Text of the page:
When I was trying to get people to watch the original Cupid, I often compared it to Moonlighting. That show was really about the Shepard/Willis banter; the mystery of the week was mostly an excuse to put the two together and get them talking. The original Cupid was the same: the romances were mostly an excuse to put Claire and Trevor together and get them arguing about love and romance. That's what made the series so much fun, and it's simply not here.

Another thing the original series did well was walk the line between whether Trevor was actually Cupid or not. In this series, I have never ever had the slightest sense that he was anything other than a lunatic, albeit a mostly harmless one.

It is absolutely painful every time a character talks about the chemistry between Claire and Trevor, because there just isn't any. It doesn't ring true at all, and you can't create chemistry by telling us it's there.

And they're just being completely sloppy with the production. I almost never catch continuity flaws, but I was ready to scream during the scene where Claire's umbrella kept moving from shoulder to shoulder. And once again we have a case of mystery genetics, where two blue-eyed parents produce a brown-eyed kid. You know, casting directors used to be much more careful about that sort of thing.

But yeah, I'll keep watching it, mostly out of affection for the original, and I'll join Kensington in hoping that it leads to a DVD release of the original.

BigTed said...

After all the facile talk about differences between liberals and conservatives, I thought they skipped over what would have been the key question under the circumstances: What does Tergesen's character think about the issue of gay marriage?

james said...

Here's a list of problems I have with this show, including this particular episode:

One major problem I had with this last episode was Cupid's lack of confidence and knowledge on what he was doing. Sure he was confident with the kid but taking tips from the bartender? He even seems to be unsure if he's Cupid, God of Love.

Additionally, I hate when a show has the character tell you something. For example, Clair's mother banging us over the head that there's supposed to be a romantic attraction between her daughter and Cupid. If you can't show us then don't bother insulting us.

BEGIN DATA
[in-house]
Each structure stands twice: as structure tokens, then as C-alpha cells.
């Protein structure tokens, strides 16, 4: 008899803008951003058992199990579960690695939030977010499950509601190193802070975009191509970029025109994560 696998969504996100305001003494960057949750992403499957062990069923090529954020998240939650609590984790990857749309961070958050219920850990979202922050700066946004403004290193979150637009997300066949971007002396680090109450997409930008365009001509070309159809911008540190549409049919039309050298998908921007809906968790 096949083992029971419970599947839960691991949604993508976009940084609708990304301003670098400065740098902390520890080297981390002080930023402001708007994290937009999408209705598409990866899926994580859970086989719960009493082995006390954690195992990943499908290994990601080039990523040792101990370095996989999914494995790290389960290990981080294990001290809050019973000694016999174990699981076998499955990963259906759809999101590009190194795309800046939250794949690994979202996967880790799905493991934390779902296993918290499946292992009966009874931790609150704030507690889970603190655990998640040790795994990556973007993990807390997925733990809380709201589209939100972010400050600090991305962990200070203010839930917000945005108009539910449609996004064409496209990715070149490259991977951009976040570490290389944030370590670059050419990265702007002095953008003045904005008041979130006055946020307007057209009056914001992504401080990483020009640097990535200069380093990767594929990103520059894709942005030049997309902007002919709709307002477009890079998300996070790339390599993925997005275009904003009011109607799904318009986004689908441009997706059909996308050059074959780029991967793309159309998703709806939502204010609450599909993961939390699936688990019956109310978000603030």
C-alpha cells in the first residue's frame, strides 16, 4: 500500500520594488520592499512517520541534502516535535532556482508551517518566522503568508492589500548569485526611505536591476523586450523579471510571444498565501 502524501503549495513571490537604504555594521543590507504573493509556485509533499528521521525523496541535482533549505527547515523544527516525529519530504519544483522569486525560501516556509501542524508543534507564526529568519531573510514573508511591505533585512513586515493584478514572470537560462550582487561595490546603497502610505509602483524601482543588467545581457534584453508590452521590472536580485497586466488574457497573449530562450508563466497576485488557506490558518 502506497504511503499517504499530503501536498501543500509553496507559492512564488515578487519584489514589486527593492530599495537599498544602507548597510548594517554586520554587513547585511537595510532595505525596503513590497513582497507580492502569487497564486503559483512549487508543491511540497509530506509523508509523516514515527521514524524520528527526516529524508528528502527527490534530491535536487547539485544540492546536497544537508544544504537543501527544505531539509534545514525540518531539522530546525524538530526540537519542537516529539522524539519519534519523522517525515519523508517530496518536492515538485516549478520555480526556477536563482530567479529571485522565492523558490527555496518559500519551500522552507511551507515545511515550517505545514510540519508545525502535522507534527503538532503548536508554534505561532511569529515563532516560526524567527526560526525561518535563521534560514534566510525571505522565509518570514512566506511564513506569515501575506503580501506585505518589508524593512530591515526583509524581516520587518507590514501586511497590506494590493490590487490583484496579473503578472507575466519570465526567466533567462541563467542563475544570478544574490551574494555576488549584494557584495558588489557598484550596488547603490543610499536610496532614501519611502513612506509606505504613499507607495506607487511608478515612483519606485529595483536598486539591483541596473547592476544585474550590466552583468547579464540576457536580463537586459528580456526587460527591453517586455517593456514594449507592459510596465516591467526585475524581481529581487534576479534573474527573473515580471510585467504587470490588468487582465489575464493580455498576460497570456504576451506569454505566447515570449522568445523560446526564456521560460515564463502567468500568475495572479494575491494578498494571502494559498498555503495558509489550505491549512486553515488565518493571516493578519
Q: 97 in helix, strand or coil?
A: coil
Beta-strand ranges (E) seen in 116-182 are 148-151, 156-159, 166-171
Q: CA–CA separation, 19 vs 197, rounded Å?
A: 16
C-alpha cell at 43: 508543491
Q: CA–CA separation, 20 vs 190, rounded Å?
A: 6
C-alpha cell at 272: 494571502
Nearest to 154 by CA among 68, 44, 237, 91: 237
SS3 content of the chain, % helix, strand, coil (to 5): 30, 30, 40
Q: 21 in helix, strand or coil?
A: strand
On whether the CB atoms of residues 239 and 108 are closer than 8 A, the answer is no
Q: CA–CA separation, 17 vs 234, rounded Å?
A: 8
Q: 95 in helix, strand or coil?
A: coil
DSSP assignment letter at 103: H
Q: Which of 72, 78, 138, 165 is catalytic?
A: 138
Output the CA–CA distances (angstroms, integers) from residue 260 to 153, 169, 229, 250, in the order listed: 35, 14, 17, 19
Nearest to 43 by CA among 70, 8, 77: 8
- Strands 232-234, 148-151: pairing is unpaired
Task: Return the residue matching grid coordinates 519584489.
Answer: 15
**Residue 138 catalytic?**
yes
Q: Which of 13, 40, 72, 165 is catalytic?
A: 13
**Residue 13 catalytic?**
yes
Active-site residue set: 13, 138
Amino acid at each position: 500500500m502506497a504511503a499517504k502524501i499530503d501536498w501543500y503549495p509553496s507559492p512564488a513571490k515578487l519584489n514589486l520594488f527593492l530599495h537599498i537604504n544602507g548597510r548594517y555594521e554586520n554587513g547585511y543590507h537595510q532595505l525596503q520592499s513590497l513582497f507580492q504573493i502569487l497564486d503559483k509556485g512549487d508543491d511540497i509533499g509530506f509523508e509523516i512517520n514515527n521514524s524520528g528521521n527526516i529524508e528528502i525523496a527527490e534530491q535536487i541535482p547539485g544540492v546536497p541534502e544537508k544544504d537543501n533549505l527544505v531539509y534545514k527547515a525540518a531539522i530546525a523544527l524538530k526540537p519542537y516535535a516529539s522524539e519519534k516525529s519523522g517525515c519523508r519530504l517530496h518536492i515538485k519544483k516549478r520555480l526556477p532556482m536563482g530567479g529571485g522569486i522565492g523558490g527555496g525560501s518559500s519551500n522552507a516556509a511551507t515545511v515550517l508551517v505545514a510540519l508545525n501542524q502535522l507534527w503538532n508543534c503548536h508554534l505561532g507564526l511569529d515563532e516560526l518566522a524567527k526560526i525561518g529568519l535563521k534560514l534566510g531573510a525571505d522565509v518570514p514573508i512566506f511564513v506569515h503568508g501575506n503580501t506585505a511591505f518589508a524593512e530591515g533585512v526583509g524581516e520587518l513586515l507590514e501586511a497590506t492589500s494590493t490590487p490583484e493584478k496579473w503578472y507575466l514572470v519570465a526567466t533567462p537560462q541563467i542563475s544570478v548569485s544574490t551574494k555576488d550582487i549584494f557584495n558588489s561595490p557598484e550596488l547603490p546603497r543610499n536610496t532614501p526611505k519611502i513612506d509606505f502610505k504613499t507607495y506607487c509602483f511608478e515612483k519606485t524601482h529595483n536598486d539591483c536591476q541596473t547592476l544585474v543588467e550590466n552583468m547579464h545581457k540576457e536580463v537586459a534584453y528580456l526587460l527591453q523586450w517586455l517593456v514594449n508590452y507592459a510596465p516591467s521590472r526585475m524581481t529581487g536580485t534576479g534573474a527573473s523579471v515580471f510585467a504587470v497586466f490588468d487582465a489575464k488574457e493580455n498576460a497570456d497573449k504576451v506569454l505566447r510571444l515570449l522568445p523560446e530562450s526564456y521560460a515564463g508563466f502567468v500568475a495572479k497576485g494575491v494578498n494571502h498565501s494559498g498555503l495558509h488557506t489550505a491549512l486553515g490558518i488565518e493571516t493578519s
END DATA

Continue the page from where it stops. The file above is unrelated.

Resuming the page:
Another major problem with this new Cupid are poor supporting characters. In the last series you had a great cast of regulars who would show up at the Singles Meeting. Aside from providing comic humor, they served as different commentaries on dating. It was very much a social commentary on the status of dating. This remake lacks both.

I still have major issues with Clair but at least in this episode she acted professionally. I know it's only the 3rd episode but she comes off as an air head. Despite the little warming up I did in this episode I thought they ended the episode on a sour note. Instead of sharing dinner she should have kicked Cupid out.

I've never been to New York so I can't comment on if they capture the city's flair.

Karen said...

I decided to give Cupid one more chance, and I can safely say that this was not the episode to save it. I laughed out loud when I saw your quotes at the top of the review, Alan, because when those lines were spoken on-camera I was gobsmacked by the utter lack of self-awareness they represented.

I had a lot of goodwill on hand when I saw Constance Zimmer (I loved her as the nun on Joan of Arcadia) and Lee Tergesen.

The story line kind of creeped me out--the notion that political differences just boil down to whom one votes for, rather than a different set of closely-held values, so it shouldn't matter romantically if one's right and one's left.

But everything about this felt wrong. Even the sappy After School Special music that underscored all the "important" moments in the episode. That "documentary" was so cheesy I couldn't believe it was supposed to be done by a professional. It all felt so artificial and cliched and no one saved it. Not one performance.